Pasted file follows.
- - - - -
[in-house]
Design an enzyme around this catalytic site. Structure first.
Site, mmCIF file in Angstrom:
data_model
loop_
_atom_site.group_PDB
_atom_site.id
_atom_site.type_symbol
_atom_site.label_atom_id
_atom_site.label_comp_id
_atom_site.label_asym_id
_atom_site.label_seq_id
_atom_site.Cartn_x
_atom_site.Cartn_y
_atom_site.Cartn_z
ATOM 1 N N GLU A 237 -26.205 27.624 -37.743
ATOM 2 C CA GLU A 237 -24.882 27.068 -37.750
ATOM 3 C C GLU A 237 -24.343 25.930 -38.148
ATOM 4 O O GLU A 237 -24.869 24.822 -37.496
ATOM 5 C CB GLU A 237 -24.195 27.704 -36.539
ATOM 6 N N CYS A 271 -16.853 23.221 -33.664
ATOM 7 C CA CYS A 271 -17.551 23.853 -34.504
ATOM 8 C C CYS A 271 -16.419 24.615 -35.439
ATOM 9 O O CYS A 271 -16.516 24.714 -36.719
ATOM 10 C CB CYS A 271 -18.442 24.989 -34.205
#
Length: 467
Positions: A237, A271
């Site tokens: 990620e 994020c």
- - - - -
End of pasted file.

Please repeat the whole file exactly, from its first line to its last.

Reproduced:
[in-house]
Design an enzyme around this catalytic site. Structure first.
Site, mmCIF file in Angstrom:
data_model
loop_
_atom_site.group_PDB
_atom_site.id
_atom_site.type_symbol
_atom_site.label_atom_id
_atom_site.label_comp_id
_atom_site.label_asym_id
_atom_site.label_seq_id
_atom_site.Cartn_x
_atom_site.Cartn_y
_atom_site.Cartn_z
ATOM 1 N N GLU A 237 -26.205 27.624 -37.743
ATOM 2 C CA GLU A 237 -24.882 27.068 -37.750
ATOM 3 C C GLU A 237 -24.343 25.930 -38.148
ATOM 4 O O GLU A 237 -24.869 24.822 -37.496
ATOM 5 C CB GLU A 237 -24.195 27.704 -36.539
ATOM 6 N N CYS A 271 -16.853 23.221 -33.664
ATOM 7 C CA CYS A 271 -17.551 23.853 -34.504
ATOM 8 C C CYS A 271 -16.419 24.615 -35.439
ATOM 9 O O CYS A 271 -16.516 24.714 -36.719
ATOM 10 C CB CYS A 271 -18.442 24.989 -34.205
#
Length: 467
Positions: A237, A271
């Site tokens: 990620e 994020c």